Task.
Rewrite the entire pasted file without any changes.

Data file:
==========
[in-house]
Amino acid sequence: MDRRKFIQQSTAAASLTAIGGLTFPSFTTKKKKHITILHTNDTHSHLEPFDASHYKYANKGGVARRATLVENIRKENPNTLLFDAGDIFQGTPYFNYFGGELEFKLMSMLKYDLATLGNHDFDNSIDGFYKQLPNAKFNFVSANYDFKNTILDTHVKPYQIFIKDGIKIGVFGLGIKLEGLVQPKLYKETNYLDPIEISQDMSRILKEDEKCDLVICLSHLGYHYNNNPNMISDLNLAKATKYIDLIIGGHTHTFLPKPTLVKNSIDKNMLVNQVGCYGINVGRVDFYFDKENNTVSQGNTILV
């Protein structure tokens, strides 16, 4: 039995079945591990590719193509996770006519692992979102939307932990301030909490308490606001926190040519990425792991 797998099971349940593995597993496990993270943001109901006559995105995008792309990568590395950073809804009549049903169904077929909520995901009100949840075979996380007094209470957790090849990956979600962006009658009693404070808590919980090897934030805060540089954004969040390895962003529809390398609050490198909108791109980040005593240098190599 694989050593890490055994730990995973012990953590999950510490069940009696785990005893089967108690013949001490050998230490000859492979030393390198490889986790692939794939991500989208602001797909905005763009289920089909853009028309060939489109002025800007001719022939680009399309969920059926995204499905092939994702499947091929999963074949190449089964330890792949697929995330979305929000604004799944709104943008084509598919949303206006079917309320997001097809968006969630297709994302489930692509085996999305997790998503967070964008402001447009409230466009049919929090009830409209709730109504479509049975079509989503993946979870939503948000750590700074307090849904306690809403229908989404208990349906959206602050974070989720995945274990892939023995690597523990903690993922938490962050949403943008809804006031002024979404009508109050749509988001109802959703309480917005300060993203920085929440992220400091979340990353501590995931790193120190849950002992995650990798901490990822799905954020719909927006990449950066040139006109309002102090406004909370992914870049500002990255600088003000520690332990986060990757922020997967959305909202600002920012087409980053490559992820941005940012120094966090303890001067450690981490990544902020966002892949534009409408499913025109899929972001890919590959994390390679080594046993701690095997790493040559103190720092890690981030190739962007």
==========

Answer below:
[in-house]
Amino acid sequence: MDRRKFIQQSTAAASLTAIGGLTFPSFTTKKKKHITILHTNDTHSHLEPFDASHYKYANKGGVARRATLVENIRKENPNTLLFDAGDIFQGTPYFNYFGGELEFKLMSMLKYDLATLGNHDFDNSIDGFYKQLPNAKFNFVSANYDFKNTILDTHVKPYQIFIKDGIKIGVFGLGIKLEGLVQPKLYKETNYLDPIEISQDMSRILKEDEKCDLVICLSHLGYHYNNNPNMISDLNLAKATKYIDLIIGGHTHTFLPKPTLVKNSIDKNMLVNQVGCYGINVGRVDFYFDKENNTVSQGNTILV
């Protein structure tokens, strides 16, 4: 039995079945591990590719193509996770006519692992979102939307932990301030909490308490606001926190040519990425792991 797998099971349940593995597993496990993270943001109901006559995105995008792309990568590395950073809804009549049903169904077929909520995901009100949840075979996380007094209470957790090849990956979600962006009658009693404070808590919980090897934030805060540089954004969040390895962003529809390398609050490198909108791109980040005593240098190599 694989050593890490055994730990995973012990953590999950510490069940009696785990005893089967108690013949001490050998230490000859492979030393390198490889986790692939794939991500989208602001797909905005763009289920089909853009028309060939489109002025800007001719022939680009399309969920059926995204499905092939994702499947091929999963074949190449089964330890792949697929995330979305929000604004799944709104943008084509598919949303206006079917309320997001097809968006969630297709994302489930692509085996999305997790998503967070964008402001447009409230466009049919929090009830409209709730109504479509049975079509989503993946979870939503948000750590700074307090849904306690809403229908989404208990349906959206602050974070989720995945274990892939023995690597523990903690993922938490962050949403943008809804006031002024979404009508109050749509988001109802959703309480917005300060993203920085929440992220400091979340990353501590995931790193120190849950002992995650990798901490990822799905954020719909927006990449950066040139006109309002102090406004909370992914870049500002990255600088003000520690332990986060990757922020997967959305909202600002920012087409980053490559992820941005940012120094966090303890001067450690981490990544902020966002892949534009409408499913025109899929972001890919590959994390390679080594046993701690095997790493040559103190720092890690981030190739962007």